As a kid growing up in an Irish-Catholic
neighborhood of South Omaha, John O’Connor never gave serious thought to having a career in law
enforcement. In fact, if he had wanted a public service job as a young man, he probably could’ve called in a family favor and became a firefighter.
“Back then, it was pretty much who you knew with the P.D. (police department) and the fire department,” O’Connor said. “My uncle was a training captain on the Omaha Fire Department and I didn’t even consider that line of work. All of my aunt’s relatives were ranking officers on the fire department. It was just that inner-connection thing in South Omaha.”
Instead of becoming a firefighter, or a police officer, after graduating from high school, O’Connor went to work for Hinky Dinky. He spent 18 years working in the produce department at the grocery chain’s warehouse in Omaha.
It wasn’t until O’Connor moved to Mills County in the early 1980s that he became interested in working in law enforcement. In 1985, he accepted an invitation to join the Mills County Reserve Deputies Association as a part-time officer. Then in 1987, at the age of 43, O’Connor answered a newspaper ad and was hired as a full-time officer for the Glenwood Police Department.
Twenty-two years after his hiring, O’Connor is retiring as Glenwood’s Chief of Police. His last day with the department will be Aug. 26, one day before his 66th birthday.
O’Connor, who still has the looks and physical build of a man in his early 50s, says he isn’t retiring because he wants to. He’s leaving his job because the state of Iowa has a mandatory retirement age of 65 for all full-time firefighters and law enforcement officers.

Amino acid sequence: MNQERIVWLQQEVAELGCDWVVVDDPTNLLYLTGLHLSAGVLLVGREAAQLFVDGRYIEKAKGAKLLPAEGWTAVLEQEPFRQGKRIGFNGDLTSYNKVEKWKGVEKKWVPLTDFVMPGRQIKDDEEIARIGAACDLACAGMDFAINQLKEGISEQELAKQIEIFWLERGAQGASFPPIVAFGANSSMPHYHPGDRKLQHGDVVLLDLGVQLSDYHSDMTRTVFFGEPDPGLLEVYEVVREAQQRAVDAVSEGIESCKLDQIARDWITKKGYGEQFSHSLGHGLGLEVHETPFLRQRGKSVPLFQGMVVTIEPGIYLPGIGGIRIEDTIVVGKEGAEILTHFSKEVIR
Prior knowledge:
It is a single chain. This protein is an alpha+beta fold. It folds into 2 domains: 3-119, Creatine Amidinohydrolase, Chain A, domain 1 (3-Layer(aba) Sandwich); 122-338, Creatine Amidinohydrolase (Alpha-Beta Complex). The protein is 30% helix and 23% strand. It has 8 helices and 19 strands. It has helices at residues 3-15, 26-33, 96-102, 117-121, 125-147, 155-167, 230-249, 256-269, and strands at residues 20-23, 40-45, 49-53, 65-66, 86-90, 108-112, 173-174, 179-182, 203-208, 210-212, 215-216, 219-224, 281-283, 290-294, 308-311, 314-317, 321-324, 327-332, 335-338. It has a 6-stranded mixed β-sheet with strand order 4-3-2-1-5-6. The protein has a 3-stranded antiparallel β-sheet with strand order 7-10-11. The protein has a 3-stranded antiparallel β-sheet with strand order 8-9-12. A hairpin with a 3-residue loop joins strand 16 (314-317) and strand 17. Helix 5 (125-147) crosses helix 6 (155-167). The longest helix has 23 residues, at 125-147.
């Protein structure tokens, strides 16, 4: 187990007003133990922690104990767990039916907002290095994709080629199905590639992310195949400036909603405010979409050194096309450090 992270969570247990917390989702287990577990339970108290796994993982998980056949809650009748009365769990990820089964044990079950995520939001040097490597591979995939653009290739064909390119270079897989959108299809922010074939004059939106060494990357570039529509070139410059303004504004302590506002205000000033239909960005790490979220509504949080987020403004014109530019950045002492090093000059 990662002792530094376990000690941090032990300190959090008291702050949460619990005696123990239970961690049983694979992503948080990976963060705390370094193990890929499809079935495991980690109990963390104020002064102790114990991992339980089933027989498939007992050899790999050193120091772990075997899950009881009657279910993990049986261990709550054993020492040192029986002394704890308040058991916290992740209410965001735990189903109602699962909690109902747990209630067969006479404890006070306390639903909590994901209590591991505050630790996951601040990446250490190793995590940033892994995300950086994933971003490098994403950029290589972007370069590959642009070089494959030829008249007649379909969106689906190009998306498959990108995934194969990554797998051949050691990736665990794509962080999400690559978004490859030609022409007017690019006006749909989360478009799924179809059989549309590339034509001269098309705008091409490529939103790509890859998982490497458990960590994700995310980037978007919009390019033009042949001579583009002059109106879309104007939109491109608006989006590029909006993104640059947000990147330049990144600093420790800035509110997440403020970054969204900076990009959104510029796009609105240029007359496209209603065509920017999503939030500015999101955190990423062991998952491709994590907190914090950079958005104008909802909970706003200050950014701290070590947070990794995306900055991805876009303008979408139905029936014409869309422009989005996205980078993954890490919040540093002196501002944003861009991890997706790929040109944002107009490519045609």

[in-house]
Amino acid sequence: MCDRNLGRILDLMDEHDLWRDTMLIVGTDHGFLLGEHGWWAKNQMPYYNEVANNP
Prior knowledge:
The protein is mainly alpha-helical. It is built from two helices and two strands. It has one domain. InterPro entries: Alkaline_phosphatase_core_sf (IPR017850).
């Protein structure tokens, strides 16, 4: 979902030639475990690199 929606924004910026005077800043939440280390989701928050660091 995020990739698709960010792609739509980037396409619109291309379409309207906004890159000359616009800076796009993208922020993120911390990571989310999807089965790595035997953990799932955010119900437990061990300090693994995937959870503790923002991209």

“It wasn’t a mutual decision between me and the city management, or anything like that” O’Connor said. “It was a case of that code is in existence. The city attorney looked into it and that’s what it is.”
O’Connor, a lieutenant at the time, was appointed to the chief’s position in 2000 by former Glenwood mayor Greg Schultz, who happens to be a police officer himself – in Council Bluffs.
During O’Connor’s tenure as chief, the department has grown and kept up with the latest trends in law enforcement. In 2006, the Glenwood Police Department was one of the first law enforcement agencies in southwest Iowa to issue Tasers to all of its officers.
“I saw those as a very valuable tool,” O’Connor said. “I did the research. There was a bit of concern registered by some of the council individuals, but they’ve proven to be very effective for us.”
The department has upgraded much of its equipment over the past nine years, including vehicles, communication devices and computer software.
“We have very good equipment, thanks to the current mayor (Dyle Downing) and some planning by the city manager (Mary Smith),” O’Connor said. “We’re proud of that fact.”
O’Connor said Glenwood officers have always taken pride in their work, their appearance and the overall manner in which they serve the public. The chief is most proud of the response time his officers are able to provide in emergency situations.